Stuffing is one of those hit or miss dishes at the Thanksgiving table. Sometimes it’s fluffy and delicious and other times it’s a soggy stuffing that's meh. This Stuffing Without Celery is the fluffy delicious kind! With sweet cranberries and crispy apples, what’s not to love about this family favorite?!
I think I am in the minority when I say that I need stuffing at Thanksgiving dinner or the Christmas table. I always look forward to the crisp bread on top, soft bread underneath, spice filled sausage, all with a side of cranberry sauce. But, you know what I don’t like? Celery.
Ok, first off, why even cook celery? It just results in the inside becoming squishy and the fibrous exterior staying fibrous and tough. Some people call this crunch, I do not.
That’s why I made this stuffing without celery recipe with all of my favorite things! Dried cranberries, spiced pork, French bread, and the best part - apples! So, let’s get ready for the holidays and start making this homemade stuffing recipe.
Ingredients and Substitutions
All substitutions are a 1:1 substitute unless otherwise noted.
French Bread: We need stale bread! You can leave out the bread cubes overnight or toast them to make sure the bread is sturdy enough to hold up to the added liquids.
Substitutions: Any type of bread similar to French bread can be used. This could be sourdough bread, brioche, or artisan.
Seasoned Sausage: This is critical! It packs a flavor punch with no extra work. I like to use mild sausage or breakfast sausage.
Substitutions: You can use any type of seasoned sausage you like.
Apples: I like to use honey crispy or granny smith apples to have a little bite to the stuffing. They also are harder varieties, meaning they will not soften as much when baked.
Substitutions: Any tougher apple can be used. When I say tougher, I consider an apple like a Macintosh as soft because they have an almost foam like texture while an apple like Granny Smith is tough and requires a solid bite to enjoy.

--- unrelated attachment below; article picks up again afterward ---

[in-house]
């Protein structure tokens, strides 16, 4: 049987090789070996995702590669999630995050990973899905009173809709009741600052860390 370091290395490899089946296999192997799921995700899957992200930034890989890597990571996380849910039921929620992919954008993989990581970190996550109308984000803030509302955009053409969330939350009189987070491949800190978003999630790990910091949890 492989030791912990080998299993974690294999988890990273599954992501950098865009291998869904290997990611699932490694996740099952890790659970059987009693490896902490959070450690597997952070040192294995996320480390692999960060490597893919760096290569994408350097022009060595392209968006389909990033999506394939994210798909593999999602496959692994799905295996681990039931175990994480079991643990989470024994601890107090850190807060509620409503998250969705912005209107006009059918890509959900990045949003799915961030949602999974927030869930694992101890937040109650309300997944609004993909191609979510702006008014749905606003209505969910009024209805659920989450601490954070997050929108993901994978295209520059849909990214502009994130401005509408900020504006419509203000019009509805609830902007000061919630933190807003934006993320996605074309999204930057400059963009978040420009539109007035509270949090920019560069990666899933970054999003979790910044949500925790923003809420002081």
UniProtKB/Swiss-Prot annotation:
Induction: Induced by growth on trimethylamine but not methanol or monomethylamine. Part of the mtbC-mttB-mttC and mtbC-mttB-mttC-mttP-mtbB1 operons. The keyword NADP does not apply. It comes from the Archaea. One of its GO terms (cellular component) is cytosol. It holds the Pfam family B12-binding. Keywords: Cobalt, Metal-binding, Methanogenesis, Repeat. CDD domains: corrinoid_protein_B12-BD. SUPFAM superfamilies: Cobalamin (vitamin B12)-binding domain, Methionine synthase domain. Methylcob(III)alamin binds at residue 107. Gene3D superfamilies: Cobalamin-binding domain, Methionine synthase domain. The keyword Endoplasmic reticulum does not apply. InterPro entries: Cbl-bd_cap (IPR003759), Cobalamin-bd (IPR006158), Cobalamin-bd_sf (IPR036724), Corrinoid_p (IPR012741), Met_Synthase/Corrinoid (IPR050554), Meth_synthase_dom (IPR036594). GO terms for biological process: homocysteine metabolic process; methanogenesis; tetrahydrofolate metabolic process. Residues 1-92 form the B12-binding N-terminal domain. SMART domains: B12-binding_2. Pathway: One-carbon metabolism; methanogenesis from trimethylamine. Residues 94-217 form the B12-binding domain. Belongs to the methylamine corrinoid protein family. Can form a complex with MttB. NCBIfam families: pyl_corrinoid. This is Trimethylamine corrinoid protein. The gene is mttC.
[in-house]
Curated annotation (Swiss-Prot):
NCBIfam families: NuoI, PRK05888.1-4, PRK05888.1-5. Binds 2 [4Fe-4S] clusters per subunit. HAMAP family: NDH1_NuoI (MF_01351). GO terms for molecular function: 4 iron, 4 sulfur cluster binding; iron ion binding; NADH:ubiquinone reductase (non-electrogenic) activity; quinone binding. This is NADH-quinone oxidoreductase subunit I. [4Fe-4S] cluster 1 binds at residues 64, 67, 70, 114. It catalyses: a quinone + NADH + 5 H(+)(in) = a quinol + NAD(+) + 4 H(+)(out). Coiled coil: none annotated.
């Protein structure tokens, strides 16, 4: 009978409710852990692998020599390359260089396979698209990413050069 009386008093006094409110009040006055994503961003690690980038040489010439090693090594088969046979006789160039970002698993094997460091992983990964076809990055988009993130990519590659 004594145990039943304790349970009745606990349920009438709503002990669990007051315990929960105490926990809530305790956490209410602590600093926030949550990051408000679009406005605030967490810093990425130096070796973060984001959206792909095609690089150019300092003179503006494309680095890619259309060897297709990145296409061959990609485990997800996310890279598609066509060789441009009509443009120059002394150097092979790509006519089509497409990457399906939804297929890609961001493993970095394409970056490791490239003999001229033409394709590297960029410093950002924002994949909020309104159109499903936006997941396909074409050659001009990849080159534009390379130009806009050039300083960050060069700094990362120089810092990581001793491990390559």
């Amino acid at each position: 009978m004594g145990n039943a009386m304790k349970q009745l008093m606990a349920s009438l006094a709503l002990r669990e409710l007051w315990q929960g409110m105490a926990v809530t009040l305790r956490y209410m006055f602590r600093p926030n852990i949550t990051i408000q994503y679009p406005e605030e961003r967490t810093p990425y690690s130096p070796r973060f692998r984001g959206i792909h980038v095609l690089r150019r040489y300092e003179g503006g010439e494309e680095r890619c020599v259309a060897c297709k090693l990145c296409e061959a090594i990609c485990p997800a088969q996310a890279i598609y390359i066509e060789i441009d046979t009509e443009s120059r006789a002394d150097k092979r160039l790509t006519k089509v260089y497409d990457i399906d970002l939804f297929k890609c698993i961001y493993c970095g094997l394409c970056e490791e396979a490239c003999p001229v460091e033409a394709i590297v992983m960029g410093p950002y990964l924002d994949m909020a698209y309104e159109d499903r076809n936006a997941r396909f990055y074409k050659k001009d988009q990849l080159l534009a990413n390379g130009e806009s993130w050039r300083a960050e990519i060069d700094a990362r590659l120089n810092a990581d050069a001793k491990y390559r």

Cranberries: Cranberries add a layer of tart flavor while still keeping the sweetness!
Substitutions: Fresh or dried cranberries can be used. If using dried, look for no sugar added ones.
Chicken Broth or Chicken Stock: Stuffing relies on a liquid and egg mixture to set the stuffing. Hence, the chicken broth.
Substitutions: Any broth or stock can be used in place of chicken broth. This could be beef broth, turkey broth, or vegetable broth.
Butter: Lots and lots of butta!
Substitutions: Ghee or margarine can be used in place of butter. Salted or unsalted butter is fine. Olive oil can be used for sautéing but not for the liquid mixture.
Yellow Onion: Classic recipes usually rely on either onion or garlic as their base of flavor and this dish is no different.
Substitutions: White or yellow onion can be used. Shallots can also be used.
Egg: The egg I mentioned above! This helps set the casserole by acting as the stabilizer.
Substitutions: Any egg substitute may be able to be used, but it hasn’t been tested.
Seasonings: For this stuffing without celery, we use the three heavy hitters of seasonings - sage, rosemary, and thyme. We prefer to use dried and ground spices to make life easier.
Substitutions: Fresh herbs can be used. You can also try using poultry seasoning but it has not been tested.
Parsley: Parsley adds a great freshness to this stuffing!
Substitutions: Sorry, no substitute for this but it can be omitted in a pinch.
How to Make this - Step by Step
Step one: Make sure your bread is stale and preheat the oven to 400 degrees f. If the bread is not stale or day-old bread, tear it up into 1” cubes and toast at 200 degrees for 10 minutes.
Step two: Add 1 tablespoon of butter to a large skillet and let melt over medium-high heat. Add onions and spices and sauté until onions have softened.
Step three: Add the sausage to the pan to brown it and break it up into bite size pieces.
Step four: While the sausage cooks, melt the remaining butter and add the egg and chicken broth to the melted butter and mix.